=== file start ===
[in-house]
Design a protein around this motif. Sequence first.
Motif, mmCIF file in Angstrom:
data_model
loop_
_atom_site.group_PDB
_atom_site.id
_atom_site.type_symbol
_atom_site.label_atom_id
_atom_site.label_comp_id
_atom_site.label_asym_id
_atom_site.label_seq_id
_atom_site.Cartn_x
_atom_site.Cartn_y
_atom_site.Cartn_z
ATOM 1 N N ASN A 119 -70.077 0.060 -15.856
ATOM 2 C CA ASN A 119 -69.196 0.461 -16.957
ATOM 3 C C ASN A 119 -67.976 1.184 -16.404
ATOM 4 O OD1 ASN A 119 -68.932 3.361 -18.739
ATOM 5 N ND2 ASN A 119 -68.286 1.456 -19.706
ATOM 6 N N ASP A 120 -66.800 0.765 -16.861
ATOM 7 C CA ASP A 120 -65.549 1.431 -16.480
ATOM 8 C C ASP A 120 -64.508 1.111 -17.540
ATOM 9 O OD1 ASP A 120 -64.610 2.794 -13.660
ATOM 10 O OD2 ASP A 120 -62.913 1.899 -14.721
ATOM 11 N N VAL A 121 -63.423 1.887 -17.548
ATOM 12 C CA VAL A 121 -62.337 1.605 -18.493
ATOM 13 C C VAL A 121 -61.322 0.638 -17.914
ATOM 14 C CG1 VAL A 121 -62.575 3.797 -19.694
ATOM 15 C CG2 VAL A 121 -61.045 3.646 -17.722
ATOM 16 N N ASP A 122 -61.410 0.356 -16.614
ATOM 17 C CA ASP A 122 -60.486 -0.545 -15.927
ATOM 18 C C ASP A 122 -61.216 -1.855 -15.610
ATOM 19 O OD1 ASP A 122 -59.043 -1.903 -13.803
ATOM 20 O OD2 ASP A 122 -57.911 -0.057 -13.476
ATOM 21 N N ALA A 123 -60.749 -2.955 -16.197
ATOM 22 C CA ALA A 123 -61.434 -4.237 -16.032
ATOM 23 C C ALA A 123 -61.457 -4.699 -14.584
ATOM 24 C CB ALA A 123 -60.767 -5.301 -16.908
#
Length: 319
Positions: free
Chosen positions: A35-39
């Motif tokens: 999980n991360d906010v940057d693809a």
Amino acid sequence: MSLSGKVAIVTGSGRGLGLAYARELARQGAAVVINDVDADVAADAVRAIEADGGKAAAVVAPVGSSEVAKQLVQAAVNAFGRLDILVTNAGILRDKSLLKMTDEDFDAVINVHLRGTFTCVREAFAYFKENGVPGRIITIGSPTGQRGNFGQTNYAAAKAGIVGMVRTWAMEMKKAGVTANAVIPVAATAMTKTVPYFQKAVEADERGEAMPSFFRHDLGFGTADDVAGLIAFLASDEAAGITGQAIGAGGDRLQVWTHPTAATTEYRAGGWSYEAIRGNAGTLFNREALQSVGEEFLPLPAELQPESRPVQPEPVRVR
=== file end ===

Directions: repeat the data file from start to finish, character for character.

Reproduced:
[in-house]
Design a protein around this motif. Sequence first.
Motif, mmCIF file in Angstrom:
data_model
loop_
_atom_site.group_PDB
_atom_site.id
_atom_site.type_symbol
_atom_site.label_atom_id
_atom_site.label_comp_id
_atom_site.label_asym_id
_atom_site.label_seq_id
_atom_site.Cartn_x
_atom_site.Cartn_y
_atom_site.Cartn_z
ATOM 1 N N ASN A 119 -70.077 0.060 -15.856
ATOM 2 C CA ASN A 119 -69.196 0.461 -16.957
ATOM 3 C C ASN A 119 -67.976 1.184 -16.404
ATOM 4 O OD1 ASN A 119 -68.932 3.361 -18.739
ATOM 5 N ND2 ASN A 119 -68.286 1.456 -19.706
ATOM 6 N N ASP A 120 -66.800 0.765 -16.861
ATOM 7 C CA ASP A 120 -65.549 1.431 -16.480
ATOM 8 C C ASP A 120 -64.508 1.111 -17.540
ATOM 9 O OD1 ASP A 120 -64.610 2.794 -13.660
ATOM 10 O OD2 ASP A 120 -62.913 1.899 -14.721
ATOM 11 N N VAL A 121 -63.423 1.887 -17.548
ATOM 12 C CA VAL A 121 -62.337 1.605 -18.493
ATOM 13 C C VAL A 121 -61.322 0.638 -17.914
ATOM 14 C CG1 VAL A 121 -62.575 3.797 -19.694
ATOM 15 C CG2 VAL A 121 -61.045 3.646 -17.722
ATOM 16 N N ASP A 122 -61.410 0.356 -16.614
ATOM 17 C CA ASP A 122 -60.486 -0.545 -15.927
ATOM 18 C C ASP A 122 -61.216 -1.855 -15.610
ATOM 19 O OD1 ASP A 122 -59.043 -1.903 -13.803
ATOM 20 O OD2 ASP A 122 -57.911 -0.057 -13.476
ATOM 21 N N ALA A 123 -60.749 -2.955 -16.197
ATOM 22 C CA ALA A 123 -61.434 -4.237 -16.032
ATOM 23 C C ALA A 123 -61.457 -4.699 -14.584
ATOM 24 C CB ALA A 123 -60.767 -5.301 -16.908
#
Length: 319
Positions: free
Chosen positions: A35-39
């Motif tokens: 999980n991360d906010v940057d693809a």
Amino acid sequence: MSLSGKVAIVTGSGRGLGLAYARELARQGAAVVINDVDADVAADAVRAIEADGGKAAAVVAPVGSSEVAKQLVQAAVNAFGRLDILVTNAGILRDKSLLKMTDEDFDAVINVHLRGTFTCVREAFAYFKENGVPGRIITIGSPTGQRGNFGQTNYAAAKAGIVGMVRTWAMEMKKAGVTANAVIPVAATAMTKTVPYFQKAVEADERGEAMPSFFRHDLGFGTADDVAGLIAFLASDEAAGITGQAIGAGGDRLQVWTHPTAATTEYRAGGWSYEAIRGNAGTLFNREALQSVGEEFLPLPAELQPESRPVQPEPVRVR